Connectionlevel Analysis and Modeling of Network Traffic
 in ACM SIGCOMM Internet Measurement Workshop
, 2001
"... Abstract — Most network traffic analysis and modeling studies lump all connections together into a single flow. Such aggregate traffic typically exhibits longrangedependent (LRD) correlations and nonGaussian marginal distributions. Importantly, in a typical aggregate traffic model, traffic bursts ..."
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Cited by 98 (5 self)
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Abstract — Most network traffic analysis and modeling studies lump all connections together into a single flow. Such aggregate traffic typically exhibits longrangedependent (LRD) correlations and nonGaussian marginal distributions. Importantly, in a typical aggregate traffic model, traffic bursts arise from many connections being active simultaneously. In this paper, we develop a new framework for analyzing and modeling network traffic that moves beyond aggregation by incorporating connectionlevel information. A careful study of many traffic traces acquired in different networking situations reveals (in opposition to the aggregate modeling ideal) that traffic bursts typically arise from just a few highvolume connections that dominate all others. We term such dominating connections alpha traffic. Alpha traffic is caused by large file transmissions over high bandwidth links and is extremely bursty (nonGaussian). Stripping the alpha traffic from an aggregate trace leaves a beta traffic residual that is Gaussian, LRD, and shares the same fractal scaling exponent as the aggregate traffic. Beta traffic is caused by both small and large file transmissions over low bandwidth links. In our alpha/beta traffic model, the heterogeneity of the network resources give rise to burstiness and heavytailed connection durations give rise to LRD. Queuing experiments suggest that the alpha component dictates the tail queue behavior for large queue sizes, whereas the beta component controls the tail queue behavior for small queue sizes. Keywords—network traffic modeling, animal kingdom I.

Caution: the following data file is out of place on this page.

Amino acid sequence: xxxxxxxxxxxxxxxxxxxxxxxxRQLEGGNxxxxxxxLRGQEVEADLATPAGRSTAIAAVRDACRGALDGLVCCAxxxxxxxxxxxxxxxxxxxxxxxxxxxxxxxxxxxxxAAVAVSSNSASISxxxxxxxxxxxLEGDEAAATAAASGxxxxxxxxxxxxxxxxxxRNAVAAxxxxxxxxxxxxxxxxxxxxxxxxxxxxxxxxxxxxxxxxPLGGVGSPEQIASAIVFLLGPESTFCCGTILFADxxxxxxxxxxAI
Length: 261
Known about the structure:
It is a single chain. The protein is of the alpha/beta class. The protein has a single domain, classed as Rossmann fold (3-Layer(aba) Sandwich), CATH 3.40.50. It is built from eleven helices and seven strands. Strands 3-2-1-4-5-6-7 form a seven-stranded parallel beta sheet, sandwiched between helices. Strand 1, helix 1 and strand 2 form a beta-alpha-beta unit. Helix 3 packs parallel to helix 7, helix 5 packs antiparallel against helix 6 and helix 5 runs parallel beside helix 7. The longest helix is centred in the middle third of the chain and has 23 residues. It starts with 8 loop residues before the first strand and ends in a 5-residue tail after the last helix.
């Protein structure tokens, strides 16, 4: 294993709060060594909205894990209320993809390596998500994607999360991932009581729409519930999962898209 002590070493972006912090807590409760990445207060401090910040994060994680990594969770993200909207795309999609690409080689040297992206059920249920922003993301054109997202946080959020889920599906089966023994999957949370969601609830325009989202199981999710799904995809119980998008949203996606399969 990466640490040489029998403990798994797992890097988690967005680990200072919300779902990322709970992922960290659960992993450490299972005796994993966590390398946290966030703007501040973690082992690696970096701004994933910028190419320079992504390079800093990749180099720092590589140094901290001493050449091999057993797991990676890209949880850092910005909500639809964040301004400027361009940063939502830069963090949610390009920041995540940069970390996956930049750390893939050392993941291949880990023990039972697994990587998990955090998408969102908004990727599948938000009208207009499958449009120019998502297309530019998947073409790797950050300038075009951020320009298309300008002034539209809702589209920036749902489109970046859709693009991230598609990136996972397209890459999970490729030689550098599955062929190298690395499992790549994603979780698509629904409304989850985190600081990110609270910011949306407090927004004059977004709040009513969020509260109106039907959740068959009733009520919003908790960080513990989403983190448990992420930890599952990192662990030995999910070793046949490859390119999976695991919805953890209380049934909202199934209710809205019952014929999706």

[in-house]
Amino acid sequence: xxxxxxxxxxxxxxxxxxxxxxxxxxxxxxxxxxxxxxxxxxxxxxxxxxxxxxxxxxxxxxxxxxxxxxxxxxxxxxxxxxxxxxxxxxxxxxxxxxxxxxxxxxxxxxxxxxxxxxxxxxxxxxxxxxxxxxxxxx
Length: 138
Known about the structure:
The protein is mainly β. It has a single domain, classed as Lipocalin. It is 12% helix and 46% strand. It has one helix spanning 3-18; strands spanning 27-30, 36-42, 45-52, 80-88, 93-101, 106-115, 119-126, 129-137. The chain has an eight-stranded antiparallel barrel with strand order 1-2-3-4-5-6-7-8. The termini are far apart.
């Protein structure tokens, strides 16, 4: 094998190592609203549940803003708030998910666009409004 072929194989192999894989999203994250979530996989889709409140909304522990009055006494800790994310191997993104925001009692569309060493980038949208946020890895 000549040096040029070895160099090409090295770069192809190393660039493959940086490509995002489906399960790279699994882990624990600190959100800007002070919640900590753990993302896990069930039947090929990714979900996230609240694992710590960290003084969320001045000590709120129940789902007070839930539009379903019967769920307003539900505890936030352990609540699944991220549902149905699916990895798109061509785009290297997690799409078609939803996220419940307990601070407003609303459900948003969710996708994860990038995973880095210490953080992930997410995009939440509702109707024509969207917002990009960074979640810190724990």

Wavelets on graphs via spectral graph theory
, 2009